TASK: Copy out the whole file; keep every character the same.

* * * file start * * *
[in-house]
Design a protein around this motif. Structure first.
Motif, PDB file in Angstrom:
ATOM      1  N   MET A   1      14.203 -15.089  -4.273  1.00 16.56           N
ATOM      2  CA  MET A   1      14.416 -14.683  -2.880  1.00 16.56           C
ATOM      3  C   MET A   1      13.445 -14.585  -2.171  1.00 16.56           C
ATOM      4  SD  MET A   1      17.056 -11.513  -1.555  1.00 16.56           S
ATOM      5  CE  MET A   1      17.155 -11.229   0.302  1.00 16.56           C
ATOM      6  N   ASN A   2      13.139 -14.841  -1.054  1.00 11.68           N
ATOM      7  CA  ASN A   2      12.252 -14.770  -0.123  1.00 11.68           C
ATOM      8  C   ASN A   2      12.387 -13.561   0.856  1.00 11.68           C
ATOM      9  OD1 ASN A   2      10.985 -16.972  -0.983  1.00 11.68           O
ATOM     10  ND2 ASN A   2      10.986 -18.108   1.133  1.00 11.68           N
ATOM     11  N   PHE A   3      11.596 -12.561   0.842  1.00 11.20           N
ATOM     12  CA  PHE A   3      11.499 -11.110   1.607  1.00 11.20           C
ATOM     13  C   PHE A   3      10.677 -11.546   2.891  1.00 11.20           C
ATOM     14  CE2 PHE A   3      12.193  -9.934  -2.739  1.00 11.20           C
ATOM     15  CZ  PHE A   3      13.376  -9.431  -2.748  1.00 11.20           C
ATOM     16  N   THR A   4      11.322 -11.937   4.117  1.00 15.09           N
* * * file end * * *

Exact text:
[in-house]
Design a protein around this motif. Structure first.
Motif, PDB file in Angstrom:
ATOM      1  N   MET A   1      14.203 -15.089  -4.273  1.00 16.56           N
ATOM      2  CA  MET A   1      14.416 -14.683  -2.880  1.00 16.56           C
ATOM      3  C   MET A   1      13.445 -14.585  -2.171  1.00 16.56           C
ATOM      4  SD  MET A   1      17.056 -11.513  -1.555  1.00 16.56           S
ATOM      5  CE  MET A   1      17.155 -11.229   0.302  1.00 16.56           C
ATOM      6  N   ASN A   2      13.139 -14.841  -1.054  1.00 11.68           N
ATOM      7  CA  ASN A   2      12.252 -14.770  -0.123  1.00 11.68           C
ATOM      8  C   ASN A   2      12.387 -13.561   0.856  1.00 11.68           C
ATOM      9  OD1 ASN A   2      10.985 -16.972  -0.983  1.00 11.68           O
ATOM     10  ND2 ASN A   2      10.986 -18.108   1.133  1.00 11.68           N
ATOM     11  N   PHE A   3      11.596 -12.561   0.842  1.00 11.20           N
ATOM     12  CA  PHE A   3      11.499 -11.110   1.607  1.00 11.20           C
ATOM     13  C   PHE A   3      10.677 -11.546   2.891  1.00 11.20           C
ATOM     14  CE2 PHE A   3      12.193  -9.934  -2.739  1.00 11.20           C
ATOM     15  CZ  PHE A   3      13.376  -9.431  -2.748  1.00 11.20           C
ATOM     16  N   THR A   4      11.322 -11.937   4.117  1.00 15.09           N